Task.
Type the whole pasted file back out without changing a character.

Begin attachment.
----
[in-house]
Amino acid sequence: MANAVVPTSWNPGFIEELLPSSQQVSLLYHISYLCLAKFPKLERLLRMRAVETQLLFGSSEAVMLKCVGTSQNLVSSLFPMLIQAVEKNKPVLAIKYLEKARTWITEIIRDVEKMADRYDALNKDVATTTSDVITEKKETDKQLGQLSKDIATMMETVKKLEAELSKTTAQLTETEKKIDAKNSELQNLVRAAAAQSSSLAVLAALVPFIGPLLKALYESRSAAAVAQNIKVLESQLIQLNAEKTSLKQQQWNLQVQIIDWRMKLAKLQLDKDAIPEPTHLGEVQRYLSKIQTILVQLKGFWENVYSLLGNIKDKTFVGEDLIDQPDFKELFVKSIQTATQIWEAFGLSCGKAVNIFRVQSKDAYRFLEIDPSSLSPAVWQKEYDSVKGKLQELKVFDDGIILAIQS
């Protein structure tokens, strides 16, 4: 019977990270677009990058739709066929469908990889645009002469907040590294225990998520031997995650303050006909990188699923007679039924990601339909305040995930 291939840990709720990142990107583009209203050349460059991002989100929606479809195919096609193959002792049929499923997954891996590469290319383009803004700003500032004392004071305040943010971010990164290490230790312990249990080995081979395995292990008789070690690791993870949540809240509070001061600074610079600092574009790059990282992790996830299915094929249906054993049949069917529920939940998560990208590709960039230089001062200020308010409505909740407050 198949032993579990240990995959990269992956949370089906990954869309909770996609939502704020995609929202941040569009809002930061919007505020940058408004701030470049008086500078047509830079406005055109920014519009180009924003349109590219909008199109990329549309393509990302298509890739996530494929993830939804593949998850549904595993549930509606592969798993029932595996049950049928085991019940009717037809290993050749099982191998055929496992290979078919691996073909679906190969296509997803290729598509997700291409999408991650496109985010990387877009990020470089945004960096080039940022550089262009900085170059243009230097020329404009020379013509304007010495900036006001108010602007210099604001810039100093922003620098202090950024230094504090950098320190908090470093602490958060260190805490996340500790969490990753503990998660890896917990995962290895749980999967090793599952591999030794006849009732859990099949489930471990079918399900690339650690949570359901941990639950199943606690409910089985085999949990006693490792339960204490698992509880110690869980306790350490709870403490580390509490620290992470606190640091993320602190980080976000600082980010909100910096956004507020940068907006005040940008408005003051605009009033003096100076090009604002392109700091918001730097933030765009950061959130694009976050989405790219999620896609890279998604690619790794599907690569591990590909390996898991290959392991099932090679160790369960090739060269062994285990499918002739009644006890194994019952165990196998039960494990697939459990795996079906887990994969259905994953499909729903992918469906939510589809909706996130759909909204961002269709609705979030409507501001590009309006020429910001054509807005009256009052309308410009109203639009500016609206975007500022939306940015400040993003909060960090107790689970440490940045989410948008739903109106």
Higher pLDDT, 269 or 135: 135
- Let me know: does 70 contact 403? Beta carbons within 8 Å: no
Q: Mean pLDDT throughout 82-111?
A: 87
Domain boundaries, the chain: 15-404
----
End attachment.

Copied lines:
[in-house]
Amino acid sequence: MANAVVPTSWNPGFIEELLPSSQQVSLLYHISYLCLAKFPKLERLLRMRAVETQLLFGSSEAVMLKCVGTSQNLVSSLFPMLIQAVEKNKPVLAIKYLEKARTWITEIIRDVEKMADRYDALNKDVATTTSDVITEKKETDKQLGQLSKDIATMMETVKKLEAELSKTTAQLTETEKKIDAKNSELQNLVRAAAAQSSSLAVLAALVPFIGPLLKALYESRSAAAVAQNIKVLESQLIQLNAEKTSLKQQQWNLQVQIIDWRMKLAKLQLDKDAIPEPTHLGEVQRYLSKIQTILVQLKGFWENVYSLLGNIKDKTFVGEDLIDQPDFKELFVKSIQTATQIWEAFGLSCGKAVNIFRVQSKDAYRFLEIDPSSLSPAVWQKEYDSVKGKLQELKVFDDGIILAIQS
């Protein structure tokens, strides 16, 4: 019977990270677009990058739709066929469908990889645009002469907040590294225990998520031997995650303050006909990188699923007679039924990601339909305040995930 291939840990709720990142990107583009209203050349460059991002989100929606479809195919096609193959002792049929499923997954891996590469290319383009803004700003500032004392004071305040943010971010990164290490230790312990249990080995081979395995292990008789070690690791993870949540809240509070001061600074610079600092574009790059990282992790996830299915094929249906054993049949069917529920939940998560990208590709960039230089001062200020308010409505909740407050 198949032993579990240990995959990269992956949370089906990954869309909770996609939502704020995609929202941040569009809002930061919007505020940058408004701030470049008086500078047509830079406005055109920014519009180009924003349109590219909008199109990329549309393509990302298509890739996530494929993830939804593949998850549904595993549930509606592969798993029932595996049950049928085991019940009717037809290993050749099982191998055929496992290979078919691996073909679906190969296509997803290729598509997700291409999408991650496109985010990387877009990020470089945004960096080039940022550089262009900085170059243009230097020329404009020379013509304007010495900036006001108010602007210099604001810039100093922003620098202090950024230094504090950098320190908090470093602490958060260190805490996340500790969490990753503990998660890896917990995962290895749980999967090793599952591999030794006849009732859990099949489930471990079918399900690339650690949570359901941990639950199943606690409910089985085999949990006693490792339960204490698992509880110690869980306790350490709870403490580390509490620290992470606190640091993320602190980080976000600082980010909100910096956004507020940068907006005040940008408005003051605009009033003096100076090009604002392109700091918001730097933030765009950061959130694009976050989405790219999620896609890279998604690619790794599907690569591990590909390996898991290959392991099932090679160790369960090739060269062994285990499918002739009644006890194994019952165990196998039960494990697939459990795996079906887990994969259905994953499909729903992918469906939510589809909706996130759909909204961002269709609705979030409507501001590009309006020429910001054509807005009256009052309308410009109203639009500016609206975007500022939306940015400040993003909060960090107790689970440490940045989410948008739903109106």
Higher pLDDT, 269 or 135: 135
- Let me know: does 70 contact 403? Beta carbons within 8 Å: no
Q: Mean pLDDT throughout 82-111?
A: 87
Domain boundaries, the chain: 15-404